Most likely your "they" are exam-paper setters in some public exams. The fact is that the moment you deal with a different molecule, the intermolecular interactions cannot be the same. Benzene and toluene are different molecules just like two different persons on Earth, they have different molecular weights and not surprisingly different molecular interactions. Benzene boils at 81 °C and toluene boils at 110 °C. In general, a bigger/heavier organic molecule has a lower vapor pressure and a higher boiling point. Intermolecular forces is an umbrella term, so there is no single number, hence this can never be equal for two different molecules.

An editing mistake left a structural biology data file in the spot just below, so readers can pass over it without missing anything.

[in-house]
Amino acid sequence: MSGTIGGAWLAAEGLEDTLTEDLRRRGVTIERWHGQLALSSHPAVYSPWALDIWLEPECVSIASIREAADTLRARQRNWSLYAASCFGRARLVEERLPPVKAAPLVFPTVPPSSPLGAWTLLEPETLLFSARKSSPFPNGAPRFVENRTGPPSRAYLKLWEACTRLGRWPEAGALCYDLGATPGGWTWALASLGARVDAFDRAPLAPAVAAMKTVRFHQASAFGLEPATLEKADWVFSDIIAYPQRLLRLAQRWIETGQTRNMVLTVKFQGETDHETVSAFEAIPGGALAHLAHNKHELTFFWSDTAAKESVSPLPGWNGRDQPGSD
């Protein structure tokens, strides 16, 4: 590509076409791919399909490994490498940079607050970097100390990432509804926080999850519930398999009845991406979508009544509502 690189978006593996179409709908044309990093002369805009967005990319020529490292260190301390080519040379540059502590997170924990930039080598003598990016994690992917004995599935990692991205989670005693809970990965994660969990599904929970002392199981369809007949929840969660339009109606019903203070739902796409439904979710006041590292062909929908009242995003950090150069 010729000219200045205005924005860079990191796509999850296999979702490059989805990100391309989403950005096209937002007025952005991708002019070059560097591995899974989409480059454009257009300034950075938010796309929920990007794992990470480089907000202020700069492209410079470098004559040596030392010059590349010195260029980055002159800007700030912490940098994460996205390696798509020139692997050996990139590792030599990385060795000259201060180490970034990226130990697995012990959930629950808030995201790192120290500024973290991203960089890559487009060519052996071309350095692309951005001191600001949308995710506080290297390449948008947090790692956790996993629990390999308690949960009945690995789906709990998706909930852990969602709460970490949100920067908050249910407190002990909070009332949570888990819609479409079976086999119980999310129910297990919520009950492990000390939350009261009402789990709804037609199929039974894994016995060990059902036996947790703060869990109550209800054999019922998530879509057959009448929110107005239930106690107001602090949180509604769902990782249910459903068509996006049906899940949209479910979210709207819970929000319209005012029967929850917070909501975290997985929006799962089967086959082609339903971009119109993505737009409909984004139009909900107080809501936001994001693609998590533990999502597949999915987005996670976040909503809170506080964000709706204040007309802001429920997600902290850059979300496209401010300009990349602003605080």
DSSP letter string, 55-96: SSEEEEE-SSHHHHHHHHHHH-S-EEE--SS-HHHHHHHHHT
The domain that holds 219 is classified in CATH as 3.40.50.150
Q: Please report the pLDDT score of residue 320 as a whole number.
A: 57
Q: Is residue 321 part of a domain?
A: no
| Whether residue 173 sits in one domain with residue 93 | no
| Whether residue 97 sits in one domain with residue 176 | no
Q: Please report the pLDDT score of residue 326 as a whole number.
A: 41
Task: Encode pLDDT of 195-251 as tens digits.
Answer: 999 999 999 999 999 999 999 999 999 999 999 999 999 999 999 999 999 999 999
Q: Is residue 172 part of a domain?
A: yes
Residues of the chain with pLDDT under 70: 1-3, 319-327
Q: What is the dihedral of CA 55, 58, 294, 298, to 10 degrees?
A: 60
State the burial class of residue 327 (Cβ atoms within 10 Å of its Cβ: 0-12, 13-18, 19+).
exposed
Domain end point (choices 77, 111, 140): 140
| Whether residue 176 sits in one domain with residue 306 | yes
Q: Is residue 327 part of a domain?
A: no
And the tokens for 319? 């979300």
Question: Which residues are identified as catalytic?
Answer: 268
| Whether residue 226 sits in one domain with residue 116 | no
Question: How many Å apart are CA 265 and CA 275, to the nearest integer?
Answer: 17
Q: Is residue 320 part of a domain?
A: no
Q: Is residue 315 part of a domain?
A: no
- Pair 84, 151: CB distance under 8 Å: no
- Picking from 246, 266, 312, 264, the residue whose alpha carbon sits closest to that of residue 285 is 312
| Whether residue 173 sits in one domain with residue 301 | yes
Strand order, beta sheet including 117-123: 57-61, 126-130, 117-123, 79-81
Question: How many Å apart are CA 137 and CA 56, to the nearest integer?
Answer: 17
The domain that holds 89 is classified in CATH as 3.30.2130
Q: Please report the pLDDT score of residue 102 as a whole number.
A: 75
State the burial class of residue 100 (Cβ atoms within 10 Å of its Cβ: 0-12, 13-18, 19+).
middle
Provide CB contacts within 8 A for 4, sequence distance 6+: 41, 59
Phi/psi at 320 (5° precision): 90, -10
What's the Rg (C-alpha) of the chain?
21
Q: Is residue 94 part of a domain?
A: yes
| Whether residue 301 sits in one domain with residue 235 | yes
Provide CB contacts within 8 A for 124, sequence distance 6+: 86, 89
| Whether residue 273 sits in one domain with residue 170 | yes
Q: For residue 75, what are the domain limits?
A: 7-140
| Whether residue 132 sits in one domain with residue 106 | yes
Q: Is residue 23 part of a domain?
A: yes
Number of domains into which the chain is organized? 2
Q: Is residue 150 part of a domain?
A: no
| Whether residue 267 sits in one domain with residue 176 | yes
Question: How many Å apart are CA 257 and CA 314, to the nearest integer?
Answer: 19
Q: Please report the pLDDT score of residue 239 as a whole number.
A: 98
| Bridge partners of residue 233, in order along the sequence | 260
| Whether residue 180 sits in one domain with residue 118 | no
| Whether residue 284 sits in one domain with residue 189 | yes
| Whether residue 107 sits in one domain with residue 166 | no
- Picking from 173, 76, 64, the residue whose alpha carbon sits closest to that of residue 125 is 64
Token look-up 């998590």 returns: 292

In the comments you asked about molar mass. In general heavier molecules have a higher boiling point but one cannot make a prediction. Compare benzene with a molar mass of 78 g/mol, and another metal such as platinum with a molar mass of 195 g/mol. The former boils below 100 °C and platinum boils at several thousand degrees. Molar mass alone cannot let you predict a number related to melting or boiling. Many software do predict the boiling and melting point of compounds, more often that is quite wrong.